I wish I regularly lost 2 lbs a week.

RAVELGIRLY SparkPoints: (43,267)
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6/26/13 4:02 P

Thanks, Coach Jen.
I am grateful for your help. I really don't know what to expect now because I've never lost this much weight before.
When I adjust to one pound per week, Spark puts my calorie range at 1260-1610. Can I really lose a pound a week eating 1600?

I weighed 210 in December and today I weigh 161. The top range of healthy BMI for my height is 136. I'm currently aiming for 150 because my lowest adult weight was 145. Is it normal for weight loss to get tougher/slower this close to a healthy BMI? Or is it because I'm not eating enough for the 45 minutes 5 x week exercise I do?

SPARK_COACH_JEN Posts: 56,147
6/26/13 2:07 P

I agree with the previous posters that you'll want to lower your weekly weight loss goal. If you had 100 pounds to lose, 2 pounds a week would be reasonable. But based on your ticker, 1 pound is more in line with what you should expect.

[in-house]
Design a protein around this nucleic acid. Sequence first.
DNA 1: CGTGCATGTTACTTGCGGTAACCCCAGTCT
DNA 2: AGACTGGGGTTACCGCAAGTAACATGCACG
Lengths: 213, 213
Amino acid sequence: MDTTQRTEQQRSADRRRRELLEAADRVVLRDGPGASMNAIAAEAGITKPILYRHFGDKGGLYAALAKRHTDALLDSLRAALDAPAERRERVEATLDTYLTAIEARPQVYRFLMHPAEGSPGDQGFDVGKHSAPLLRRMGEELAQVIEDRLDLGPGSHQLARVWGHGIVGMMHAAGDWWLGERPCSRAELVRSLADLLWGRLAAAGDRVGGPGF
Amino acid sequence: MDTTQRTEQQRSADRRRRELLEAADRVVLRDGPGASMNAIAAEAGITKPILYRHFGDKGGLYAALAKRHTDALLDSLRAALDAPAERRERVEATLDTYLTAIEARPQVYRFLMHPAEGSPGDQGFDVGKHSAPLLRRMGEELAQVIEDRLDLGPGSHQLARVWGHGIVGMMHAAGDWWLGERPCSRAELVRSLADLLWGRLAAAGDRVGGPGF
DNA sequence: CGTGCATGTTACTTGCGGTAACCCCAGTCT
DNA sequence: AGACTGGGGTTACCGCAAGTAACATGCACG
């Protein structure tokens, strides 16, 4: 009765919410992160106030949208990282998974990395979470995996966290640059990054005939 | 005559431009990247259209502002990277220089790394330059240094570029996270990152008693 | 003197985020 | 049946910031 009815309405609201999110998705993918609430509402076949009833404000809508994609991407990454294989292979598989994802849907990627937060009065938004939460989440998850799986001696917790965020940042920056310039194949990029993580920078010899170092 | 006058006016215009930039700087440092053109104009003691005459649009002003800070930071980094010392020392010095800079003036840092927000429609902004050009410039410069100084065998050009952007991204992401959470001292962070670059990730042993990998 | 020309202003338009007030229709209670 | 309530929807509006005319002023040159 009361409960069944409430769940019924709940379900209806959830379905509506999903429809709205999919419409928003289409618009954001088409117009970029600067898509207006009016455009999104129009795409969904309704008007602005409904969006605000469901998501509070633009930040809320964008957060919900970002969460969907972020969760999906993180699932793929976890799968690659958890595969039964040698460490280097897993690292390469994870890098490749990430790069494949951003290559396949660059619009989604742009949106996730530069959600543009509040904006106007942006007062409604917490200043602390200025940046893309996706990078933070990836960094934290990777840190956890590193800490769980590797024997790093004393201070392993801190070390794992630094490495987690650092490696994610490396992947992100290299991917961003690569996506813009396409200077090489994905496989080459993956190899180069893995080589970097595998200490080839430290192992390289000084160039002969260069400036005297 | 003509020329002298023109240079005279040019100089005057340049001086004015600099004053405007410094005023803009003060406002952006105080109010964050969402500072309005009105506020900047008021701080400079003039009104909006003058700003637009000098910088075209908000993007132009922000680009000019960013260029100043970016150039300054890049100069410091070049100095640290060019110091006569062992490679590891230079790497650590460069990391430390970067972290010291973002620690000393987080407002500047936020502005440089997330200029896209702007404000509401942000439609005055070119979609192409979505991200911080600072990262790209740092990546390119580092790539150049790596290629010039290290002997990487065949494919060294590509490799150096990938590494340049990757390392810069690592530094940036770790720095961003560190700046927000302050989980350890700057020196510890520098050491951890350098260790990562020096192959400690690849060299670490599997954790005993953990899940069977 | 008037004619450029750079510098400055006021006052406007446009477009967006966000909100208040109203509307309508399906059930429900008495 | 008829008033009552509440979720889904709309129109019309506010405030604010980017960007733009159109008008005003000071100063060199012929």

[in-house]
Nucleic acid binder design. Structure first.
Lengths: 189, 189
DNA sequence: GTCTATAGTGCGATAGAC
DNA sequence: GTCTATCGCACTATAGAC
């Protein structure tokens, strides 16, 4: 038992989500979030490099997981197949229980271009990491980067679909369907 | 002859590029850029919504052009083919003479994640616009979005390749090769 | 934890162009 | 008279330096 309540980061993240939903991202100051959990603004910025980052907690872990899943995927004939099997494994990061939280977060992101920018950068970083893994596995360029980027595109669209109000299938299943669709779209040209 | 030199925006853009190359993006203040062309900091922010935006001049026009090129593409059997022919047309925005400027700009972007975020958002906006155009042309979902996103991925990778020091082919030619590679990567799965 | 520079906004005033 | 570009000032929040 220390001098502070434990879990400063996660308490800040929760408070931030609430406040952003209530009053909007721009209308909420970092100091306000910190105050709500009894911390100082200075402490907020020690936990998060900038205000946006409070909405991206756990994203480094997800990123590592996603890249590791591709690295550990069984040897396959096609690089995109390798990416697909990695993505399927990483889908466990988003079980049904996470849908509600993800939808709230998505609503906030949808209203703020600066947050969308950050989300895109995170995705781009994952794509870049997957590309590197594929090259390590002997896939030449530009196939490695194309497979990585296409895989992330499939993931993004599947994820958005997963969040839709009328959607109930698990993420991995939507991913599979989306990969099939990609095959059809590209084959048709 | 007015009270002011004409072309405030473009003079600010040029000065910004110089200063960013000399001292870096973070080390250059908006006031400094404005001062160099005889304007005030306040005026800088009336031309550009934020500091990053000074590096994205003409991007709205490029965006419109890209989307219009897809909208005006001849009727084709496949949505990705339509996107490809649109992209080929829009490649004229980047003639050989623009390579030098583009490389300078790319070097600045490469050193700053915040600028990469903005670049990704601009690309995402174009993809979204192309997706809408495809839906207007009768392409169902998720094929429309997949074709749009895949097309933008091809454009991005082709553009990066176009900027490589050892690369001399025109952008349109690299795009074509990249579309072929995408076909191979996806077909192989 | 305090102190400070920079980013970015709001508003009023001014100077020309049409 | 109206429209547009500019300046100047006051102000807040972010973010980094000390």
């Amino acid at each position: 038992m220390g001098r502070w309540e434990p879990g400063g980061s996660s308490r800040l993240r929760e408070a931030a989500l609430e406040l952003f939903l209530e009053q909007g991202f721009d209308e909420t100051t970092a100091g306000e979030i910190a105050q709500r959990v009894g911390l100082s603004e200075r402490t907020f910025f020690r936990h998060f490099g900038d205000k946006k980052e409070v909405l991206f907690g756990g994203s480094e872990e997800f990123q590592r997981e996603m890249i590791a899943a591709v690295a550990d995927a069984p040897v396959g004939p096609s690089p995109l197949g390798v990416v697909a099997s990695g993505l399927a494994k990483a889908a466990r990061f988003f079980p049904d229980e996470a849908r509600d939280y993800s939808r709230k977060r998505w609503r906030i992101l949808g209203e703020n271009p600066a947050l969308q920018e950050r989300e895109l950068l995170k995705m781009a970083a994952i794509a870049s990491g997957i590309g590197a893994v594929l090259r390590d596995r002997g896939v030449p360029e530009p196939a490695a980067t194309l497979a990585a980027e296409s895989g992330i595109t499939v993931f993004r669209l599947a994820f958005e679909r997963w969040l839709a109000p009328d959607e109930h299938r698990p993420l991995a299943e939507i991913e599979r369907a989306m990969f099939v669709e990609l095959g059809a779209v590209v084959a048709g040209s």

Coach Jen

NANLEYKW SparkPoints: (56,707)
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Posts: 846
6/26/13 1:49 P

I agree that 1.5 lbs/week is likely to aggressive a goal for you at this point. Adjust your goal to be between .5 and 1 lb/week and see what your calorie range is then.

SUSAN_FOSTER Posts: 1,228
6/26/13 1:39 P

1.5 pounds is very likely a too fast goal for you. Re-set to be closer to a pound a week, and use that range.

MEGAPEEJ Posts: 732
6/26/13 12:17 P

I would agree that you may want to up your calorie intake. Do you have your settings right to show you're burning 1900 calories a week? By comparison, I also burn 1900 calories a week, and my range is between 1500-1850. I have to fuel all that exercise!